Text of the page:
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Barriers for cannabis labs limit new ventures required under California legalization

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Cannabis legalization has promoted growth for many related businesses — banking and packaging, for example.

But strict rules about quality control for legal cannabis mean laboratories that test potency and a range of other questions that can only be addressed through the test tube have also grown.

And many of those businesses are in the North Bay.

“It’s worth reiterating that the cannabis industry is held to a much higher standard than about every product that’s on the market today other than baby food,” said Daniel Witt, the president of Sonoma Lab Works in Santa Rosa.

Witt’s lab follows requirements set out by the California Bureau of Cannabis Control. Samples are tested for pesticides, heavy metals, residual solvents, things like mold through a microbial screen, as well as the terpene profile of each sample, which gives plant varieties a district flavor.

Witt’s lab tests products from standard cannabis flowers to infused beverages and chocolates, with each product posing its own challenges.

An online pricing sheet lists about 20 different tests Sonoma Lab Works offers, ranging from $90 for a potency test to $185 for a pesticide test, with more expensive tests and packages available.

Witt said when legal cannabis was first getting off the ground after coming into effect in 2018, there was a dearth of cannabis labs. He estimated that six to eight months ago about 50 labs popped up across the state at the urging of the cannabis bureau.

Currently there are just shy of 30 laboratories with active licenses, according to the Bureau of Cannabis Control’s website.

That is a small number compared to the hundreds of cultivation licenses listed on the website of the California Department of Food and Agriculture, which issues them.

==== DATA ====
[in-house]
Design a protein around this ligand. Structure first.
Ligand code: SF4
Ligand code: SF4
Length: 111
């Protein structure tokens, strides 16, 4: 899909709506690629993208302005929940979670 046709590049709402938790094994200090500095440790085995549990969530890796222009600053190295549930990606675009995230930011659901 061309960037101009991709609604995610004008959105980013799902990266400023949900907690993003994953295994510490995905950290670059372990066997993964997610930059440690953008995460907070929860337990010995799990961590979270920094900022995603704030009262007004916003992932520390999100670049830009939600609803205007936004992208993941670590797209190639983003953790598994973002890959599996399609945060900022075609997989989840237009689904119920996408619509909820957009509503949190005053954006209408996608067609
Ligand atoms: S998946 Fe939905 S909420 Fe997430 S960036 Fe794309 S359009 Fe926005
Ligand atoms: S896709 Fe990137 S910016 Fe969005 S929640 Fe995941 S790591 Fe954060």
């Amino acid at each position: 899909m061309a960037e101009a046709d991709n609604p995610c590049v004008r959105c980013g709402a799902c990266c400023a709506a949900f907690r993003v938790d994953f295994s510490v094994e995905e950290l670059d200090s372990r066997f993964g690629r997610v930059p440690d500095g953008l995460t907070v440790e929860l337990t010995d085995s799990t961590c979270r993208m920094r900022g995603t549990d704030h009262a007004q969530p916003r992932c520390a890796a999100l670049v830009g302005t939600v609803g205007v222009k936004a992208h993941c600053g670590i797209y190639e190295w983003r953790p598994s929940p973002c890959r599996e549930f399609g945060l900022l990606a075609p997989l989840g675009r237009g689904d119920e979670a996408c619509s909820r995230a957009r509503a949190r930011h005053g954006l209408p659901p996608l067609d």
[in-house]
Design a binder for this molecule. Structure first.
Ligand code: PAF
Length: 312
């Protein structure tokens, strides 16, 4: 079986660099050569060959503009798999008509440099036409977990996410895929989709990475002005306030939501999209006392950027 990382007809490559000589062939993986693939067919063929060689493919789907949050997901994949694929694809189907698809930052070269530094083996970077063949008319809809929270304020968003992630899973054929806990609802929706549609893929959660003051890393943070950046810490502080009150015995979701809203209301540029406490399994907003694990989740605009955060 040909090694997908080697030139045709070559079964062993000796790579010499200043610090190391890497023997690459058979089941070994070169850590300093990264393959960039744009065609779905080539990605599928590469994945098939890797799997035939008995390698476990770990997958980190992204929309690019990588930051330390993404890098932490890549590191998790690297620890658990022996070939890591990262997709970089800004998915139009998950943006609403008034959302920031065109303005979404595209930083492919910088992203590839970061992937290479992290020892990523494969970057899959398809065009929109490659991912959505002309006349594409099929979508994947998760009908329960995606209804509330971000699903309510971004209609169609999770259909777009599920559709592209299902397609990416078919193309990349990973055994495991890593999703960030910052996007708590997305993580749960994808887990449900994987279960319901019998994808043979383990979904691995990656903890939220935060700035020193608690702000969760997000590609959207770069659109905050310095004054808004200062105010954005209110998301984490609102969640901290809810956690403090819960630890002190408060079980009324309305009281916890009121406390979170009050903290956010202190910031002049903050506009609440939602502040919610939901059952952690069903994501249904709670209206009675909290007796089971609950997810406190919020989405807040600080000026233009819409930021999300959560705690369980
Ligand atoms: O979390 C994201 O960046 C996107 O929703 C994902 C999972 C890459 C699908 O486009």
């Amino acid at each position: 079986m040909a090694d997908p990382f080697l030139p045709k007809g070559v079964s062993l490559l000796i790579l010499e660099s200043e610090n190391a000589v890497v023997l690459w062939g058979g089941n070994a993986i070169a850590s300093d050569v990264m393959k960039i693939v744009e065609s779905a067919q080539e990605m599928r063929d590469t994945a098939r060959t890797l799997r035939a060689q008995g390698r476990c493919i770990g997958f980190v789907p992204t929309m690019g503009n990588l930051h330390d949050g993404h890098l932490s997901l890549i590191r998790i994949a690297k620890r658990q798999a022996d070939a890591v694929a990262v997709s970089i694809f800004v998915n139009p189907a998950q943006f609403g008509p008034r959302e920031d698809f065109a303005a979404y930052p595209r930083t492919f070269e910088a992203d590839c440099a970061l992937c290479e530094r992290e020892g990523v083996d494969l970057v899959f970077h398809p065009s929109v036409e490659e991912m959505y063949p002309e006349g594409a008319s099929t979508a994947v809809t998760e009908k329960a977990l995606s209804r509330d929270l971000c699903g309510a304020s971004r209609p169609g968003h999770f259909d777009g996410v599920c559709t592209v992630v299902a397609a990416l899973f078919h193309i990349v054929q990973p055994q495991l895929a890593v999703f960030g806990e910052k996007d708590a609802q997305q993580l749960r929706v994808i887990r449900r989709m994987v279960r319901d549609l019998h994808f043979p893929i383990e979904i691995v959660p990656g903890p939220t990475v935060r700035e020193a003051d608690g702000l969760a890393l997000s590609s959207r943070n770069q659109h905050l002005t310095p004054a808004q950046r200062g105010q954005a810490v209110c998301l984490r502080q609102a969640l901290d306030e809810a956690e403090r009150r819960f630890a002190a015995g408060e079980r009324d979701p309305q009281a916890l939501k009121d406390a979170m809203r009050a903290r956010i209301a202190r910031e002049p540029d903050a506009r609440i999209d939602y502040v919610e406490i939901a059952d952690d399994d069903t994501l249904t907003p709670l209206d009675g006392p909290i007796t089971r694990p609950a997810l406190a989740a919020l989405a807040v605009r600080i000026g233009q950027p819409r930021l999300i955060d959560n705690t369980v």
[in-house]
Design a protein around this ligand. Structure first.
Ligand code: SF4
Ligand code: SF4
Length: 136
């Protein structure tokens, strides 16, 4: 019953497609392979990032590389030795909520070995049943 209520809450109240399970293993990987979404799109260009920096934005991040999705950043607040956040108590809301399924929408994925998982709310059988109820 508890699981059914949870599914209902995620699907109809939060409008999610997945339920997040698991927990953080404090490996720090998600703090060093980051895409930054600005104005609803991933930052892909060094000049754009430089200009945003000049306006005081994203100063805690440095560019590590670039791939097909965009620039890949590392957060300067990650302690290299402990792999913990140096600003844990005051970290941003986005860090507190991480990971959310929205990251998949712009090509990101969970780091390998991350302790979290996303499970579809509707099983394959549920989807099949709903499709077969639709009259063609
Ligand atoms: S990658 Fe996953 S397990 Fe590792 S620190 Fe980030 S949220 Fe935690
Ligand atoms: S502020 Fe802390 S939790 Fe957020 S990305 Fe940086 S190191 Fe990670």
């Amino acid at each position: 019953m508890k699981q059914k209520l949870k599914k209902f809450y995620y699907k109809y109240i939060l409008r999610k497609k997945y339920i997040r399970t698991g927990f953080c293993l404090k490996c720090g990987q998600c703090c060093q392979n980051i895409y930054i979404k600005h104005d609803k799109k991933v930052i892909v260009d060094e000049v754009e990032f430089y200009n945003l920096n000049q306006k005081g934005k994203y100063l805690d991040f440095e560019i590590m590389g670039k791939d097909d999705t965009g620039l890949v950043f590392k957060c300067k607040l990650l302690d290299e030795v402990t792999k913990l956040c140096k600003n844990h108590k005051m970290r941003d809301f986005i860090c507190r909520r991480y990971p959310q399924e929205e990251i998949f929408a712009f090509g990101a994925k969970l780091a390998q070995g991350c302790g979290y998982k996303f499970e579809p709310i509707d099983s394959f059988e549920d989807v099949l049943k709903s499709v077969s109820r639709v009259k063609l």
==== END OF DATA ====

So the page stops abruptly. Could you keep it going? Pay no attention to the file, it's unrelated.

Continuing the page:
Witt said that is partly because there are several barriers to entry when it comes to starting and successfully operating a cannabis testing laboratory.

“If you’re going to do this industry right, no matter what vertical you’re in, there’s a tremendous amount of capital involved,” Witt said. He noted each piece of machinery in his lab costs a minimum of $100,000 and said in order to offer clients flexibility and timely testing they have multiple copies of each device.

Sonoma Lab Works has an annual license that Witt said is to be routinely renewed each year as long as his company remains in compliance with cannabis bureau requirements. Getting that license is not simple, however.

“(The bureau) has many requirements up front, everything from getting information on the licensee and any other owners to the physical space the lab is in.” Witt said. He said labs like his are also expected to get ISO, or International Organization for Standardization, certification to ensure scientific standards are up to par.

“Between that and the capital requirements, those are sufficient burdens because those take a lot of time to go through review,” he said.